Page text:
The opinion of the court was delivered by: Honorable Larryalanburns United States District Judge
ORDER DENYING MOTION TO DISMISS INDICTMENT ON THE BASIS OF INVALIDITY OF PRIOR DEPORTATION
This order supplements the Court's order from the bench, denying the motion of Defendant Jorge Farias under 8 U.S.C. § 1326(d) to dismiss the indictment for invalidity of the prior deportation. The current motion, docket number 87, renews and incorporates by reference the earlier motion, docket number 22, filed January 11, 2009, which the Court also denied.
In this collateral attack on his deportation, Mr. Farias bears the burden of showing he exhausted all administrative remedies available to him, the removal proceedings improperly deprived him of an opportunity for judicial review, and the entry of the order was fundamentally unfair. United States v. Arrieta, 224 F.3d 1076, 1079 (9th Cir. 2000). See also United States v. Hinojosa-Perez, 206 F.3d 832, 837 (9th Cir. 2000) (requiring defendant to prove he was not properly notified of deportation proceeding); United States v. Garcia-Martinez, 228 F.3d 956, 963 (9th Cir. 2000) (requiring defendant to demonstrate prejudice from alleged procedural defect in deportation proceeding). A "presumption of regularity" attaches to the deportation order, and Mr. Farias bears the burden of presenting evidence to overcome this presumption. Parke v. Raley, 506 U.S. 20, 29 (1992).
The motion summarizes the immigration proceedings Mr. Farias was subject to (Docket no. 22 at pages 1-4.) Farias was represented by attorney Bill Waddell, who in July, 1998, entered a notice of appearance as his attorney of record for "All Immigration Matters." (Ex. E.) The removal hearing was set and rescheduled several times, but the salient points are that both Mr. Waddell and the immigration judge used slightly wrong addresses, giving Farias' apartment number as either 211 or 214 instead of the correct number, 2H, although the remainder of the address was correct. Farias resided in that apartment with his mother and two siblings.
On a change of venue motion (Ex. K), seeking to have the removal proceedings held in San Diego, Mr. Farias says he wrote in the correct apartment number, but the order granting the change of venue repeated the wrong number. At the rescheduled removal hearing on October 7, 1998 in San Diego, Mr. Farias didn't show up. Mr. Waddell told the immigration judge he had tried to contact Mr. Farias and had mailed Farias a notice of the hearing, had sent messages to Farias' pager, and had contacted Farias' mother (who didn't know where Farias was), but to no avail. In support of the motion, Mr. Farias presents an affidavit that he never received notice of the hearing. The change of venue motion says Mr. Farias would concede removal but would apply for cancellation of removal.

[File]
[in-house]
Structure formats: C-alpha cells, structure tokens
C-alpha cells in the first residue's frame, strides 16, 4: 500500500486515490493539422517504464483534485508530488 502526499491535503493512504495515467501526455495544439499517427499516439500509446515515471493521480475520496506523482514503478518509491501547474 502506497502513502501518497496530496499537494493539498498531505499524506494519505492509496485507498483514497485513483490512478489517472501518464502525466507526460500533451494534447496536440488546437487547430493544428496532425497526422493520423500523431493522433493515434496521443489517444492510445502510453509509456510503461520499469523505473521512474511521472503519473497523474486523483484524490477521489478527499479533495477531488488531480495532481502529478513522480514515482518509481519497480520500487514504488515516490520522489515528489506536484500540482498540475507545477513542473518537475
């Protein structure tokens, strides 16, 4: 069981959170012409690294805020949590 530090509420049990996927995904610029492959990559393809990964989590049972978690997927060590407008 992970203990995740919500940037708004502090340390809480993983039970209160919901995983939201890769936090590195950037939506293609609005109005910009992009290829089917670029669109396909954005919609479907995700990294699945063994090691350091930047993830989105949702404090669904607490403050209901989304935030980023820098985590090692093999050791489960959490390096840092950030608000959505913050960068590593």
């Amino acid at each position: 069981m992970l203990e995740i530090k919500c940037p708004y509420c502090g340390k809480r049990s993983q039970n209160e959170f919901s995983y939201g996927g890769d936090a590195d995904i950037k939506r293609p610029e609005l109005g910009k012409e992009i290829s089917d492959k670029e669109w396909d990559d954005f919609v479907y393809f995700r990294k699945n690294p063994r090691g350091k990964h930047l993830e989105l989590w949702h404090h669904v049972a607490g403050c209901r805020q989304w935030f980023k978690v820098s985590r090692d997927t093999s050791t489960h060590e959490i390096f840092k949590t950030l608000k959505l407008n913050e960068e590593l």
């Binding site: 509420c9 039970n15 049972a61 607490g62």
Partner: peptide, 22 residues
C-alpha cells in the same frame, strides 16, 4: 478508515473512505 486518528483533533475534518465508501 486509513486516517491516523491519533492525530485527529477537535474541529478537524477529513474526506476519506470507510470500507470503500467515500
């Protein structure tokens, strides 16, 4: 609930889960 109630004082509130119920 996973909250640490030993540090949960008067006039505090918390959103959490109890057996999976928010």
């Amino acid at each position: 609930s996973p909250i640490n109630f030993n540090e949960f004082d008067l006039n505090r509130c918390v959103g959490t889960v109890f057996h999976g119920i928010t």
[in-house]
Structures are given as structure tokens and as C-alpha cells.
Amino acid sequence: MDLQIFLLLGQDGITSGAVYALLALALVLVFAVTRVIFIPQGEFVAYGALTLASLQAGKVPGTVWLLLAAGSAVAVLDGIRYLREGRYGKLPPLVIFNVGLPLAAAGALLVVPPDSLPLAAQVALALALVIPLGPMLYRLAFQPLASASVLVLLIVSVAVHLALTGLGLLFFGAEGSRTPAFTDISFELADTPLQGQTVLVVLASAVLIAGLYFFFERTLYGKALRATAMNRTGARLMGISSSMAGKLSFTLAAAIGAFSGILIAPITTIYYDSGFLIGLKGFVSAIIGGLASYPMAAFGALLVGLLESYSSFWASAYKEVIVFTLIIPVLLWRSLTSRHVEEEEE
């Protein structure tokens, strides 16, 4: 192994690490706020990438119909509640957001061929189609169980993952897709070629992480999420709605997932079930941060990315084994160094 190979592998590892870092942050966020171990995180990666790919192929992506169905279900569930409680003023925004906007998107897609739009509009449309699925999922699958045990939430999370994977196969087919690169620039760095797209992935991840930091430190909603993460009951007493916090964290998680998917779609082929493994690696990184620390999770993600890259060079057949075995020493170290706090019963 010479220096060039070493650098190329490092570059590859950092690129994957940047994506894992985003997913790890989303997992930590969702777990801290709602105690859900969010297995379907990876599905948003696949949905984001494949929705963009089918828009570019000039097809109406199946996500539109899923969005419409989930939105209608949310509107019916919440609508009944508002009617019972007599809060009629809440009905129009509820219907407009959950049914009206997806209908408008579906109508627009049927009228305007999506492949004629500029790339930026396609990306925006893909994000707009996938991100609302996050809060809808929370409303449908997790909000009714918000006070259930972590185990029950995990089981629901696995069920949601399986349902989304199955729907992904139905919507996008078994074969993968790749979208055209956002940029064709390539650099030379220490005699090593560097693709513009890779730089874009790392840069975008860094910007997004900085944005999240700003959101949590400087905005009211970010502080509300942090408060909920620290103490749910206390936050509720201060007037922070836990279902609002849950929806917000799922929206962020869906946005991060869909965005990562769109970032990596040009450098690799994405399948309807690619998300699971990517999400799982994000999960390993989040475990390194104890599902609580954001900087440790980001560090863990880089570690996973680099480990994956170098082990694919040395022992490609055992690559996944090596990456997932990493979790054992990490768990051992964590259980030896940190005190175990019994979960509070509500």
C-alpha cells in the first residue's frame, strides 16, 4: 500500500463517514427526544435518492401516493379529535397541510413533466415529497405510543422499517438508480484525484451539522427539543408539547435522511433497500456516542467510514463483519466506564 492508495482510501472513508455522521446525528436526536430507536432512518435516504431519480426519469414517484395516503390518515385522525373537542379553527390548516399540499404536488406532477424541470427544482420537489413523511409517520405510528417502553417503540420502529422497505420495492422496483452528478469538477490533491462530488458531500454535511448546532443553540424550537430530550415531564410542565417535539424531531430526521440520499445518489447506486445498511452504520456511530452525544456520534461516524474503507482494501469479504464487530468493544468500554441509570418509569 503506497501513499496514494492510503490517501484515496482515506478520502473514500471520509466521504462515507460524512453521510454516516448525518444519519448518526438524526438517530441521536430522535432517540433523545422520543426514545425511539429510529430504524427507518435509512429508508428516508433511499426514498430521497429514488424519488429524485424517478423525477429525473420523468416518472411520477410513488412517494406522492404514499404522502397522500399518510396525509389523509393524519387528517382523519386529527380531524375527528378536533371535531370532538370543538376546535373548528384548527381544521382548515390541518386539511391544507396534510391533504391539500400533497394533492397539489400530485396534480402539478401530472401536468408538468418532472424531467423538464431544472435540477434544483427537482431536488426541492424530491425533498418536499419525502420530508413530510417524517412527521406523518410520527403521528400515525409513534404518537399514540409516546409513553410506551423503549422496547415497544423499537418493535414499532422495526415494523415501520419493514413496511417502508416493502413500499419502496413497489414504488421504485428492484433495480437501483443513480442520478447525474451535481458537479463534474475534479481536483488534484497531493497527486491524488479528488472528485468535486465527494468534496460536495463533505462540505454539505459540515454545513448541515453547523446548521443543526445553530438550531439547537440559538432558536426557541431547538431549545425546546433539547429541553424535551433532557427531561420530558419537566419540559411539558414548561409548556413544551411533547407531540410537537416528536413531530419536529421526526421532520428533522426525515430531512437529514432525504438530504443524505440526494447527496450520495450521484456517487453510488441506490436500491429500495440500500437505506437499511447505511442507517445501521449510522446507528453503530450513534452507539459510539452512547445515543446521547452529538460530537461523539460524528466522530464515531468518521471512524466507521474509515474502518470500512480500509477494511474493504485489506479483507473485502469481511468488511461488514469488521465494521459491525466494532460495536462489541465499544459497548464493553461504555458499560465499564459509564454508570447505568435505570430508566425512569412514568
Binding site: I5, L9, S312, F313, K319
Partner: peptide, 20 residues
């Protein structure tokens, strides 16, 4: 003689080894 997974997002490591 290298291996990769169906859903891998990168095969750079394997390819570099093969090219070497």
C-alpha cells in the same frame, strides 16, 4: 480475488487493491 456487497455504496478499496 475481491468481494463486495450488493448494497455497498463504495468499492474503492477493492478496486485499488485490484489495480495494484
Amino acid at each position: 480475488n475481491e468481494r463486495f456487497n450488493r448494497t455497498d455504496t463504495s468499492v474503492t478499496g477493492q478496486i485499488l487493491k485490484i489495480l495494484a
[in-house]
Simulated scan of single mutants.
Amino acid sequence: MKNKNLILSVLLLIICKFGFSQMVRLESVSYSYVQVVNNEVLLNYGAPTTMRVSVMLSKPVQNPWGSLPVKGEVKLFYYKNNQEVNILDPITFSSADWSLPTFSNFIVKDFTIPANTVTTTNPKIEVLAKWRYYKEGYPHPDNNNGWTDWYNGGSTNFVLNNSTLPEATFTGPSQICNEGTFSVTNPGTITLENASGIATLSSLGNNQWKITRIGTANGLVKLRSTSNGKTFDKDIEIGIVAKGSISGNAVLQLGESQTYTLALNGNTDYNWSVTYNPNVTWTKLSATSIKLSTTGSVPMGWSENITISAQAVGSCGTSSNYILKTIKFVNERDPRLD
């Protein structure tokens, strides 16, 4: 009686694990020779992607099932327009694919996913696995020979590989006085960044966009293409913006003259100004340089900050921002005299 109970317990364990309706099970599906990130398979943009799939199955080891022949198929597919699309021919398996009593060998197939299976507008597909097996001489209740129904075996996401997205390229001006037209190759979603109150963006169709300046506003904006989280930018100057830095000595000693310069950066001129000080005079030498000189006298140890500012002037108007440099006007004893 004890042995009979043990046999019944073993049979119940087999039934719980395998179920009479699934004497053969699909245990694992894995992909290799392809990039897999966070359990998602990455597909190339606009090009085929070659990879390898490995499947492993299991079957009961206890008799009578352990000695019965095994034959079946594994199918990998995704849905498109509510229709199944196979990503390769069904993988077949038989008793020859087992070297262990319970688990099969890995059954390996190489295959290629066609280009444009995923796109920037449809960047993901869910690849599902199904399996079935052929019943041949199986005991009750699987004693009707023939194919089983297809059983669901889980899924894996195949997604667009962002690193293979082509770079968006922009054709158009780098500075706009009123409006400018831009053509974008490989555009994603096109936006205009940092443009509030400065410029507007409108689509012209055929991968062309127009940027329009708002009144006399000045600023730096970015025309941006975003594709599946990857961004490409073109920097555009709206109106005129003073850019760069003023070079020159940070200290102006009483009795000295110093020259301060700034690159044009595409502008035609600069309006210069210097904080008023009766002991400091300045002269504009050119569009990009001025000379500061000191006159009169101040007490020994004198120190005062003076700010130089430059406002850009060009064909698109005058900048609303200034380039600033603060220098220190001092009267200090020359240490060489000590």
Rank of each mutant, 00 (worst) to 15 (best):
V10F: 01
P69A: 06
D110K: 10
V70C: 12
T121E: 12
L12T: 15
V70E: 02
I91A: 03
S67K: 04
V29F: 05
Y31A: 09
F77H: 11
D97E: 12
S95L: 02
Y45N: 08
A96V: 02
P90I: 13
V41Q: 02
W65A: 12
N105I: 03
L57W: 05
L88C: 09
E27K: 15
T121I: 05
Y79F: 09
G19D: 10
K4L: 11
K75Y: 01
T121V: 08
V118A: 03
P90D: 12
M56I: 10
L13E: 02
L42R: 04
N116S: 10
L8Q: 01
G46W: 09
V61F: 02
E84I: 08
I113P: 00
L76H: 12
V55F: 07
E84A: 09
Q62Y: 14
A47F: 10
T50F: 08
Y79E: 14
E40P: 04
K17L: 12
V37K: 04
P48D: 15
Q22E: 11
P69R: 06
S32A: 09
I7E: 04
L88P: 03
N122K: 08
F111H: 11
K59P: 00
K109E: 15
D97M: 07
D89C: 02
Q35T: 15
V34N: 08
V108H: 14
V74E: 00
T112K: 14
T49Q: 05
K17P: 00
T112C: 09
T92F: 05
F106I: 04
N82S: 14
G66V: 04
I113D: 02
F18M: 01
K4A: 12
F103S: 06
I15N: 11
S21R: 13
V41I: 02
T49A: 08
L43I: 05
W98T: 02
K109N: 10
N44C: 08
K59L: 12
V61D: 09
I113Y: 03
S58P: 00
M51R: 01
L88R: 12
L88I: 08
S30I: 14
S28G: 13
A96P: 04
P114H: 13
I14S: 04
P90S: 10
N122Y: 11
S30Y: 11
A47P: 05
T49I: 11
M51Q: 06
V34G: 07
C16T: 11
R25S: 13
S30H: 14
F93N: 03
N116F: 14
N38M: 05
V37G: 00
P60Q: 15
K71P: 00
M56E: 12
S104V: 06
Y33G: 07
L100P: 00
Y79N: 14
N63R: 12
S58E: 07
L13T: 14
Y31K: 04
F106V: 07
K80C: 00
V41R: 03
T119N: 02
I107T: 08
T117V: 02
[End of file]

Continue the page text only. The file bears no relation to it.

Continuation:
Neither the original nor the renewed motion provides evidence of what was said at the removal hearing. It represents that Mr. Farias' then attorney, Mr. Fakhoury, had listened to a recording of the hearing, and could provide a transcript if needed but did not do so because of limited time. The renewed motion, filed over two and a half years later, does not provide a transcript nor was any evidence offered at the hearing, although it selectively quotes findings at the hearing.
Before Mr. Farias collaterally attacks his deportation, he must first have exhausted administrative remedies, including a direct appeal. § 1326(d)(1); United States v. Garza-Sanchez, 217 F.3d 806, 808 (9th Cir. 2000). He admits he hasn't exhausted remedies, but blames this on the lack of notice. Specifically, he argues:
Mr. Farias was not present at his removal proceeding and was thus unable to exhaust any administrative remedies. Under 8 U.S.C. § 1229a([b])(5)(C)(I), an alien seeking to reopen his in absentia removal must file a motion to reopen within 180 days of the removal order. Here, Mr. Farias was not informed of his removal from the United States until 2008. He simply could not file a motion to reopen at the time he learned of his removal from the United States. Additionally, as detailed below, Mr. Farias's did not "intelligently" waive his right to appeal because he was not present at his removal hearing and did not receive notice of his removal until 2008. Therefore, his failure to exhaust administrative remedies is excused.
The first problem with this argument is that it cuts off half the relevant subsection, misleadingly omitting entirely the provision that would apply in this case, and that has no time limit:
Such an order may be rescinded only--(I) upon a motion to reopen filed within 180 days after the date of the order of removal if the alien demonstrates that the failure to appear was because of exceptional circumstances (as defined in subsection (e)(1) of this section), or (ii) upon a motion to reopen filed at any time if the alien demonstrates that the alien did not receive notice in accordance with paragraph (1) or (2) of section 1229(a) of this title or the alien demonstrates that the alien was in Federal or State custody and the failure to appear was through no fault of the alien.
(emphasis added). 8 U.S.C. § 1229a([b])(5)(C).
Mr. Farias' claim that the 180-day time limit was absolute even if he demonstrates he didn't receive proper notice is wrong. Under subsection (ii), Farias therefore could have sought rescission of the deportation order "at any time" on the same basis he's now attempting to use in this proceeding. His arguments about whether the deportation order should be rescinded should have been addressed to the Board of Immigration Appeals, not to this Court in the first instance. Furthermore, Mr. ...